Winning an OUI case can sometimes happen long before you go to a jury trial, if the issue is spotted and appropriately exploited. A very good example of this happened recently with a client who was charged with OUI. After she was stopped by the police, she was immediately placed under arrest for failing to stop for them in an appropriate time. She was placed in cuffs as soon as she got out of the car. It was then that the officer began to suspect my client was OUI. Without giving my client her Miranda warnings, the officer asked her if she had been drinking, how much and when she had her last one. My client admitted to having something to drink, a couple different kinds and recently. My client went on to do fairly well on the field sobriety tests and appeared ok on her booking video. I challenged the admissibility of her statement with a motion to suppress because, I argued, the officer should have given warnings before asking the questions about drinking. Miranda is required whenever there is “custodial interrogation” of someone who is the focus of an investigation. The judge agreed with me. The Commonwealth was forbidden from using the client’s statement in trial. So, the case was dismissed.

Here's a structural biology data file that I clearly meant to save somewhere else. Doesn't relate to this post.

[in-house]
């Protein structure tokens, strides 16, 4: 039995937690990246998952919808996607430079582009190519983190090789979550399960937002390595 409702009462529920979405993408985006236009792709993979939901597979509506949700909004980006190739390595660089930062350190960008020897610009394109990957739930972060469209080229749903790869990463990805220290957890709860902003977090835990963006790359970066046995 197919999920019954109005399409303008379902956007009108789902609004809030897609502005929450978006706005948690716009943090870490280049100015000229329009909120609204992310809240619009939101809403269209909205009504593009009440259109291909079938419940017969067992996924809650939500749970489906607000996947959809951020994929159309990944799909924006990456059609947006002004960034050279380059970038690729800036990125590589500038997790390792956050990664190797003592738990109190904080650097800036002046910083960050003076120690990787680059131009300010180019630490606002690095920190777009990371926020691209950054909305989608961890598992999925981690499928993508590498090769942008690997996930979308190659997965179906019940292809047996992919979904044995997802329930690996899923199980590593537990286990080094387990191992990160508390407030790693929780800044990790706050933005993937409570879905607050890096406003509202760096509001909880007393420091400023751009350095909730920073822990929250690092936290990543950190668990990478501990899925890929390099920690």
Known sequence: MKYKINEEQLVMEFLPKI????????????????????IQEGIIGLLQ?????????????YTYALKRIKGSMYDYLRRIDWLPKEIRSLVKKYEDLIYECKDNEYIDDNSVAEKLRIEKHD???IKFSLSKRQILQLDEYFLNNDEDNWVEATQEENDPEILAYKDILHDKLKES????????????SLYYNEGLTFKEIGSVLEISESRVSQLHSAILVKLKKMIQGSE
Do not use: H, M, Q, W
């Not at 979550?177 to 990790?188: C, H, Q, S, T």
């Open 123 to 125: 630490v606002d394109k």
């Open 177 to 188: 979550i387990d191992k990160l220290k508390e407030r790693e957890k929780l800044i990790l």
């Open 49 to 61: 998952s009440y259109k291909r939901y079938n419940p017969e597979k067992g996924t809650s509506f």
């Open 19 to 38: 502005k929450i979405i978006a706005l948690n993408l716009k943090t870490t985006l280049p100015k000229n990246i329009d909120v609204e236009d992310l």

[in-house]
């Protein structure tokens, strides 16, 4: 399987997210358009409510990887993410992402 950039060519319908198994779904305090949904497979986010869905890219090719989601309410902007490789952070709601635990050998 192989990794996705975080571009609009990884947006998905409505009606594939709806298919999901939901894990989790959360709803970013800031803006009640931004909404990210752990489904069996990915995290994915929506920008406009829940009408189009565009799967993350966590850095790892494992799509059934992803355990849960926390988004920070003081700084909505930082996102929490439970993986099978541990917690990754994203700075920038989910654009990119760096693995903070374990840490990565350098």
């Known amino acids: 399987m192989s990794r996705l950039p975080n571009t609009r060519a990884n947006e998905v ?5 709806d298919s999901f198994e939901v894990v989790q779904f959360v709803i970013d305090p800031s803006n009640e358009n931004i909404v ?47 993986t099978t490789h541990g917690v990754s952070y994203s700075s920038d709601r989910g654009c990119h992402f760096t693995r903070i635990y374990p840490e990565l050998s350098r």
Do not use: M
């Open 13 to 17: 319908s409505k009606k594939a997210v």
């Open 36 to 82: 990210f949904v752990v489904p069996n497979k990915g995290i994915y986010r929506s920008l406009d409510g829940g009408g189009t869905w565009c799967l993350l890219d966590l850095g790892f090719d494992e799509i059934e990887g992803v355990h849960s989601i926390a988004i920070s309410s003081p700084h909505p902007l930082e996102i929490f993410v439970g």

Deconstructing An OUI Case
Posted on : February 25, 2017, By: Thomas